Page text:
Sterling

Yellow #2 pencils with clean, pink erasers. Crayons in 64 colors in a flip-top box with a built-in sharpener. Metal lunchboxes with insulated containers on the inside and pop stars on the outside. Colorful binders and lined paper, plastic rulers and blunt-end scissors. As a child and budding storyteller, I could spend hours admiring shelves of school supplies, as enchanted by the selections as most children were in the toy department.

The first cool days of fall still remind me of back-to-school shopping with my mother, Beth Vaughan. Mother was secretary to the president of Sterling Stores/Magic Mart, a chain of five-and-dimes and discount stores long based in Little Rock. She worked for the same employer from the time she graduated Mabelvale High School in 1950 until 1983, when the company was sold. She continued to serve as a bookkeeper for the Grundfest family, who founded and operated Sterling Stores, until pancreatic cancer took her in 2007. Her loyalty to that family and to that company meant we did almost all of our shopping at Sterling Stores and, later, Magic Mart, until they went out of business.

The oldest of four for my mother and hard-working, blue-collar father, I grew up in the rural areas of Avilla and Salem. My brothers and I rode a bus into Bryant for school. Every Saturday, my gregarious mother bought groceries in Avilla and all of her other supplies at the Sterling Store in Benton. At both places, she knew every employee on a first-name basis. On special occasions, like back-to-school shopping, she drove to Little Rock to shop at the Sterling Department Store at Fifth and Center Streets.

The big city of Little Rock was always an adventure for this country girl. Sometimes we stopped by Mother’s office in the Sterling Stores’ headquarters and warehouse on Forbing Road. When she could afford to splurge, we lunched at Franke’s Cafeteria at the then-outdoor Park Plaza shopping center. Afterward, she took us to the Sterling Store downtown, where she was greeted by everyone from the manager to the elevator operator, all of whom knew her as the company president’s secretary. I felt like the daughter of royalty there.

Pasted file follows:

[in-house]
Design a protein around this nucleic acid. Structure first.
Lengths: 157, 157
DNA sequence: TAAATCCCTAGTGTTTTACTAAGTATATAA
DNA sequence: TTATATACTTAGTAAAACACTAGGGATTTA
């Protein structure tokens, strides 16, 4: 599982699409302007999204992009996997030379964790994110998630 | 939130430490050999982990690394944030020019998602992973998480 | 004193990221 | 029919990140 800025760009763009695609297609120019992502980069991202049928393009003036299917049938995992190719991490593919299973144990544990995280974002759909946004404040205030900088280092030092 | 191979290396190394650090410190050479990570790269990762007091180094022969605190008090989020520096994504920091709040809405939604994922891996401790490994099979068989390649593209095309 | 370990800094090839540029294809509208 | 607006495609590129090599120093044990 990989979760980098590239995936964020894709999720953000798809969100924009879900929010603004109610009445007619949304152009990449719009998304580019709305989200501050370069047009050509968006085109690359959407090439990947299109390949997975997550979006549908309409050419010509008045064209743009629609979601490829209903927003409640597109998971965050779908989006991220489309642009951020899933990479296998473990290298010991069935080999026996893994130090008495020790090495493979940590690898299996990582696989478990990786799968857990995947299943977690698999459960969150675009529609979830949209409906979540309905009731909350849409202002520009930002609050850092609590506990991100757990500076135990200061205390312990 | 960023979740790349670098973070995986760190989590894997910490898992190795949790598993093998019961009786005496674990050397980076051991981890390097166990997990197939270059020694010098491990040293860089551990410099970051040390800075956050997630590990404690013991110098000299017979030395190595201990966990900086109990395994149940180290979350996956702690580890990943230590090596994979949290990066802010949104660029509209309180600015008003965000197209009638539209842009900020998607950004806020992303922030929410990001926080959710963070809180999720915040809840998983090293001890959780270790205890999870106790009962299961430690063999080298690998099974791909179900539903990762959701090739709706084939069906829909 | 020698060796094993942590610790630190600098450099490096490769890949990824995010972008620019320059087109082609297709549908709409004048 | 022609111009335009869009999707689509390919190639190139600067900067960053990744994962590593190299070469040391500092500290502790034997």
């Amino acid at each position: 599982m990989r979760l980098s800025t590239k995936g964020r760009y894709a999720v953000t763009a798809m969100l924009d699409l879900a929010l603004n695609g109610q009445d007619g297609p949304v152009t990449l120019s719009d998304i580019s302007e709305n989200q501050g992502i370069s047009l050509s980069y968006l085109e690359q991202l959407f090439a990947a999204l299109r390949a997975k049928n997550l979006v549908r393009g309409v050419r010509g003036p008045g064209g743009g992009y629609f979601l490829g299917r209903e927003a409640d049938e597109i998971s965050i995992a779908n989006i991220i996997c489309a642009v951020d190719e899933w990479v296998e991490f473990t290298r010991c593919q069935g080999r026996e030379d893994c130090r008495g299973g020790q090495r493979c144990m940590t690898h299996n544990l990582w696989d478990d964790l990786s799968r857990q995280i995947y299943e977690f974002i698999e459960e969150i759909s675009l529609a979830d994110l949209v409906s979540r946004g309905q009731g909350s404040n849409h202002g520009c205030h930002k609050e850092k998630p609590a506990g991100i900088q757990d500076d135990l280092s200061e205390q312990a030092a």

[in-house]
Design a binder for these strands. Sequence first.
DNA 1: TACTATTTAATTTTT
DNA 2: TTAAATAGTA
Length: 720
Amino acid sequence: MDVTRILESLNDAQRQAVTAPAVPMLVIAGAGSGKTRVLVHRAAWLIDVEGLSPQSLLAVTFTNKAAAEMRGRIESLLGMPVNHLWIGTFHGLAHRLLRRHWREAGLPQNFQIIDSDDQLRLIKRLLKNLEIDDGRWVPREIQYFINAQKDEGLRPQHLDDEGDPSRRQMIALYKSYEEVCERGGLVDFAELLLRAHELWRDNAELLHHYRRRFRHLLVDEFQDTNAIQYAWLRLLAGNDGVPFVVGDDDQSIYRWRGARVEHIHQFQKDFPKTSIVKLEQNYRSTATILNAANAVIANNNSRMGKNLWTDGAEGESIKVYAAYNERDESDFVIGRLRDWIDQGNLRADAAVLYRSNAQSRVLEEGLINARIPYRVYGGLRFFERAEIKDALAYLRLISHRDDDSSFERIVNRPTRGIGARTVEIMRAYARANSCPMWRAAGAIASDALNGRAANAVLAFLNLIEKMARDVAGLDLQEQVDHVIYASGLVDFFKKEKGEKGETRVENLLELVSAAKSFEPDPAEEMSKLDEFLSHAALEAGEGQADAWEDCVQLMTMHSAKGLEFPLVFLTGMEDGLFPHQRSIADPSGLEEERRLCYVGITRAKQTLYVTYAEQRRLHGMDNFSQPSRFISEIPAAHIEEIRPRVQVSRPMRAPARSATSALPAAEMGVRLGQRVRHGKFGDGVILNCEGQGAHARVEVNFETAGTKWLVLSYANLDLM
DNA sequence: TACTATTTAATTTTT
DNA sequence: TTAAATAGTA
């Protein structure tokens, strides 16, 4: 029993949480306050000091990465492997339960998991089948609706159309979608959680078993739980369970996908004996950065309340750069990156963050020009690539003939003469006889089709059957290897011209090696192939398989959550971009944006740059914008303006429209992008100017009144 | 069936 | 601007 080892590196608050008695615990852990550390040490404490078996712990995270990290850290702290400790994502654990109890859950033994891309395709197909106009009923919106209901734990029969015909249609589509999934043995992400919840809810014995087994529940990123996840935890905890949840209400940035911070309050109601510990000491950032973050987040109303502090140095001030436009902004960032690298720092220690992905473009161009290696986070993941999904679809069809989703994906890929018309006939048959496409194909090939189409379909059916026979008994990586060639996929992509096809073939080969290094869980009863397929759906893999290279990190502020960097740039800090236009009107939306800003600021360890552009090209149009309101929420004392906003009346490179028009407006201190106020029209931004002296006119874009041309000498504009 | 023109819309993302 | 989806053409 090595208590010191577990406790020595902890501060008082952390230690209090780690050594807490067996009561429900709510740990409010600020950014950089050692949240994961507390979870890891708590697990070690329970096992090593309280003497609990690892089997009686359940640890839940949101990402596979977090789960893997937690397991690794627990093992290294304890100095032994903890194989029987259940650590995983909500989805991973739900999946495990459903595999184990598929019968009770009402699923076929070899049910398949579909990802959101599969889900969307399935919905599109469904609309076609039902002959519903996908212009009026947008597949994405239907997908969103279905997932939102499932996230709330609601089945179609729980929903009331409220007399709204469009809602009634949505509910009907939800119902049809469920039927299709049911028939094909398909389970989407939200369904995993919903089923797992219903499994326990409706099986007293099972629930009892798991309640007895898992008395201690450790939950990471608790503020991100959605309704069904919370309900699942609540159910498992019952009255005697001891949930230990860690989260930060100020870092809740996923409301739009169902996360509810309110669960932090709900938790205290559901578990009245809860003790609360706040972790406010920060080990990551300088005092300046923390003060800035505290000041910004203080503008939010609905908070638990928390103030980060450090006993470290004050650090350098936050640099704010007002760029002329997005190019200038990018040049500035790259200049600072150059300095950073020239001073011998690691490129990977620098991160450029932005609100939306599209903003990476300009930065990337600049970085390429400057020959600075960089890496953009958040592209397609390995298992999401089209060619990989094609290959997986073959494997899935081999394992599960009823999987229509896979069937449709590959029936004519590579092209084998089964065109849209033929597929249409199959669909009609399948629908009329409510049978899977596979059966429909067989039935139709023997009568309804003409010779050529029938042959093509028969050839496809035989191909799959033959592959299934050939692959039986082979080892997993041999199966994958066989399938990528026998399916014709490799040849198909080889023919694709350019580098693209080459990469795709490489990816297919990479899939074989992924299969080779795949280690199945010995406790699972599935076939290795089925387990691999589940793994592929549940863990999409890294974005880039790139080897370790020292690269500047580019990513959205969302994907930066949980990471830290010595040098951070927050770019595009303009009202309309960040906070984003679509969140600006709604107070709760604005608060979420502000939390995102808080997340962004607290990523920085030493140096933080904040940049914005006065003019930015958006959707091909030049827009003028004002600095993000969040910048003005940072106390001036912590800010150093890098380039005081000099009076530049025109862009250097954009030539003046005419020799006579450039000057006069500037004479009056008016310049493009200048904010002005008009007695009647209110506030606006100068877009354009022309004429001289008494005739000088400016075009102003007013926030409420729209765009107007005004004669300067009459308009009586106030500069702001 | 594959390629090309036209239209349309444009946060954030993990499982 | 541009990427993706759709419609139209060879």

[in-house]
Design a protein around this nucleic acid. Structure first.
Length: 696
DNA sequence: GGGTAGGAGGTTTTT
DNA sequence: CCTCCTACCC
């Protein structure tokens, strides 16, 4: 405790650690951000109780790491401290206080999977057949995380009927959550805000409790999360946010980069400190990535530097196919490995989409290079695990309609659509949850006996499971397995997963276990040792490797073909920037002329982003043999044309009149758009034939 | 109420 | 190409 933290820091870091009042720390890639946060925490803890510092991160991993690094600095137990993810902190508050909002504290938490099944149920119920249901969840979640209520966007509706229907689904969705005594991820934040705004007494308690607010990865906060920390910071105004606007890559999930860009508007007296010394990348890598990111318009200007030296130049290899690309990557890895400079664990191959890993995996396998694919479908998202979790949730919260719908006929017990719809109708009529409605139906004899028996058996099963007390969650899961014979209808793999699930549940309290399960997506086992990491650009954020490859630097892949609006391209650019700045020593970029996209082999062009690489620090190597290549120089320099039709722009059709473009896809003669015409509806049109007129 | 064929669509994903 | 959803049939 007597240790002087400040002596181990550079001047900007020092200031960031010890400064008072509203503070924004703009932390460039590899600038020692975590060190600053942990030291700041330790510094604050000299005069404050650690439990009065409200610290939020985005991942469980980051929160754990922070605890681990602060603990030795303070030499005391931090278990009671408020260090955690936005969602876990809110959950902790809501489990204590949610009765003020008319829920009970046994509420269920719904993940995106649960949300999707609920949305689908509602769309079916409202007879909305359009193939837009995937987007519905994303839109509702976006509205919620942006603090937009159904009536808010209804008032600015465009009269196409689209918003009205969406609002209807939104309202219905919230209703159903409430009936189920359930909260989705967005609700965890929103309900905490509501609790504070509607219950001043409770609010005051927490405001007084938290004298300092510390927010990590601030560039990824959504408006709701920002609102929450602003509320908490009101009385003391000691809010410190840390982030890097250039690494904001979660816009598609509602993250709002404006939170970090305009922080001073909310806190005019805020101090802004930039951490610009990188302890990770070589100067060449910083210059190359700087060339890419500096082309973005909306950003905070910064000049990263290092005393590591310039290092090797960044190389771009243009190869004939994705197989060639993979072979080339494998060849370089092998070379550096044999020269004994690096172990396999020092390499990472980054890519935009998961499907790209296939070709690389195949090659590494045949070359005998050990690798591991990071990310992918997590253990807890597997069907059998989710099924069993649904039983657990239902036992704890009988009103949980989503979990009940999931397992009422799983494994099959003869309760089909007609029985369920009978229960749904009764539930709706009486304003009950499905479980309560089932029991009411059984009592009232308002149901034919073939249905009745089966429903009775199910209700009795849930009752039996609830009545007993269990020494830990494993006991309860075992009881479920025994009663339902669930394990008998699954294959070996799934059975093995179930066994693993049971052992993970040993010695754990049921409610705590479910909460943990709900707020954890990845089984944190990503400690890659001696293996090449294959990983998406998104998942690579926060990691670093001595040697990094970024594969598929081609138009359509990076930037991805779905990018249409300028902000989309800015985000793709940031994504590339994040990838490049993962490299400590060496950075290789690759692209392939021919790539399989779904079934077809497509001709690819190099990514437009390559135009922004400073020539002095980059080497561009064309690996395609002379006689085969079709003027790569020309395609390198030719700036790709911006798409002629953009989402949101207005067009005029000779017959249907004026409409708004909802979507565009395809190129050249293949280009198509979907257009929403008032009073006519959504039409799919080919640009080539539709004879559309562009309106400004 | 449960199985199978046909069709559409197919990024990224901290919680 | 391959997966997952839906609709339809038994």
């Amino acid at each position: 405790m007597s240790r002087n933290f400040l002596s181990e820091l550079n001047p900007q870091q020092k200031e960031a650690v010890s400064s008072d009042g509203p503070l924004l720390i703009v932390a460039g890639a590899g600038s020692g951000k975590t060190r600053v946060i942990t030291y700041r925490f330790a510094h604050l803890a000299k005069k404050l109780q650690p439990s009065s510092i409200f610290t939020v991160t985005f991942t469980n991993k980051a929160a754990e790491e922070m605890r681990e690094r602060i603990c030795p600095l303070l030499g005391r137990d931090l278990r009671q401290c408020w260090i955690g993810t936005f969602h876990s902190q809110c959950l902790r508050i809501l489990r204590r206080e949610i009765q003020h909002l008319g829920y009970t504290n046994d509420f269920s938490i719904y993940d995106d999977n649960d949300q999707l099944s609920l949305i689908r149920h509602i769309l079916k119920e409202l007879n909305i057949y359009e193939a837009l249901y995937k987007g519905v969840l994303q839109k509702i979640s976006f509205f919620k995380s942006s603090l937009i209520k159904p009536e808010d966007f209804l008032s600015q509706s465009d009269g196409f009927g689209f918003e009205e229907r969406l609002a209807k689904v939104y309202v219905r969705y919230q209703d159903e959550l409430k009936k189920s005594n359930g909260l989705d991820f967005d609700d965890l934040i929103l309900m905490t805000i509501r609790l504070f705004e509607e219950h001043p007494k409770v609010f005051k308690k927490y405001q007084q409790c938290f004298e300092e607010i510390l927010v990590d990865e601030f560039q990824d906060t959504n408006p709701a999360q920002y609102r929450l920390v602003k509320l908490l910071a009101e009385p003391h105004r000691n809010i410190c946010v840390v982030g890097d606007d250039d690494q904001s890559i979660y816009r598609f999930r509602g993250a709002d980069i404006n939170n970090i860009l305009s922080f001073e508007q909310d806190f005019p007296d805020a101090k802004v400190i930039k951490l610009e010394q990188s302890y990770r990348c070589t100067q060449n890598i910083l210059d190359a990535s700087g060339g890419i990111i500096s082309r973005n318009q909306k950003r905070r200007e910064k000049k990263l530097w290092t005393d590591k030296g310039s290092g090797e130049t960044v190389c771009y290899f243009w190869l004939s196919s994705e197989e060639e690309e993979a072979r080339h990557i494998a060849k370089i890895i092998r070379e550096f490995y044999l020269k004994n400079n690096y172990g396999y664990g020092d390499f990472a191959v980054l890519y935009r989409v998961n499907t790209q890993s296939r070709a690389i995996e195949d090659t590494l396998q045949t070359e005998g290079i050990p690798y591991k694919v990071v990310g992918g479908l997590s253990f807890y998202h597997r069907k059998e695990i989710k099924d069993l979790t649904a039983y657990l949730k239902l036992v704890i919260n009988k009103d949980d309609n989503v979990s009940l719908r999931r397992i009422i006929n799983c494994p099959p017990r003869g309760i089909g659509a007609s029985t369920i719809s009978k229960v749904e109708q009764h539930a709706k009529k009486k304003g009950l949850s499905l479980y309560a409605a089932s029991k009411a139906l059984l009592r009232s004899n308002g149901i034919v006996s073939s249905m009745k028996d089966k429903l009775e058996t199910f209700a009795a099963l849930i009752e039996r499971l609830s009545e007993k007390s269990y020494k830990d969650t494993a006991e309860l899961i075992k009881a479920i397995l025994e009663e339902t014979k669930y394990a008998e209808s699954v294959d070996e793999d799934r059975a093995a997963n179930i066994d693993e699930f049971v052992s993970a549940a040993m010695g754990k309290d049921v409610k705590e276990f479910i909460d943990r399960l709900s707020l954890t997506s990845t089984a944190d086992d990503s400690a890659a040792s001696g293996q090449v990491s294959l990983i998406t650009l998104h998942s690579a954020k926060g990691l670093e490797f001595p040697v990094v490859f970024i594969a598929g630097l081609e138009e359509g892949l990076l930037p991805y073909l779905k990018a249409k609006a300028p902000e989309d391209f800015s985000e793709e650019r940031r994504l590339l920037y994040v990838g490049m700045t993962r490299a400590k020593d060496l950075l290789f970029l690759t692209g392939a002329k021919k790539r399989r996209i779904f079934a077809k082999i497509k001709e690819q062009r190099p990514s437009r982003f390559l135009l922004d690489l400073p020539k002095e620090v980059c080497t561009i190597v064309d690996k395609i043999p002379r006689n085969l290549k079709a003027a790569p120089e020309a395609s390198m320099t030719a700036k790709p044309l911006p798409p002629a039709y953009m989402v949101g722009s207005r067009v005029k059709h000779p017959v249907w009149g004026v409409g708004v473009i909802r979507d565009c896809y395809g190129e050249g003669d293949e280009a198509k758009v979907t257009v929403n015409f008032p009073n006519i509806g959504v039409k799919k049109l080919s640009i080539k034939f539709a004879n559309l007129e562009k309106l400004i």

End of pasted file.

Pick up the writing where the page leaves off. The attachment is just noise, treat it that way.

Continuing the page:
I loved watching the elevator operator close the latticed metal doors and pull the lever to take us up to the second floor, where clothes were displayed. Almost all of my wardrobe that Mother didn’t sew herself came from that department. School supplies were downstairs. On her limited budget, Mother made careful selections and charged everything to her account, to be deducted from her next paycheck. She almost never bought something for herself, saying she had no need of anything.

It didn’t matter that Sterling was a discount store, an old-time five-and-dime. That trip to the big store in the city was always a special treat. I grieved when the store closed for the final time.

Though I live in the country again, in northern Pulaski County, and work at home, I still enjoy visits to downtown Little Rock. The area has changed a great deal, but there is still much to draw me there. I love the River Market area—the farmers’ market, the library, the museums, the restaurants and shops. My husband, John, a wood turner, is honored to display some of his creations at the Historic Arkansas Museum. Whatever the reason for my visit, whenever I’m downtown, I look toward the old white building at the corner of Fifth and Center, and I remember my precious mother and those joyous trips to the Sterling Department Store.

 

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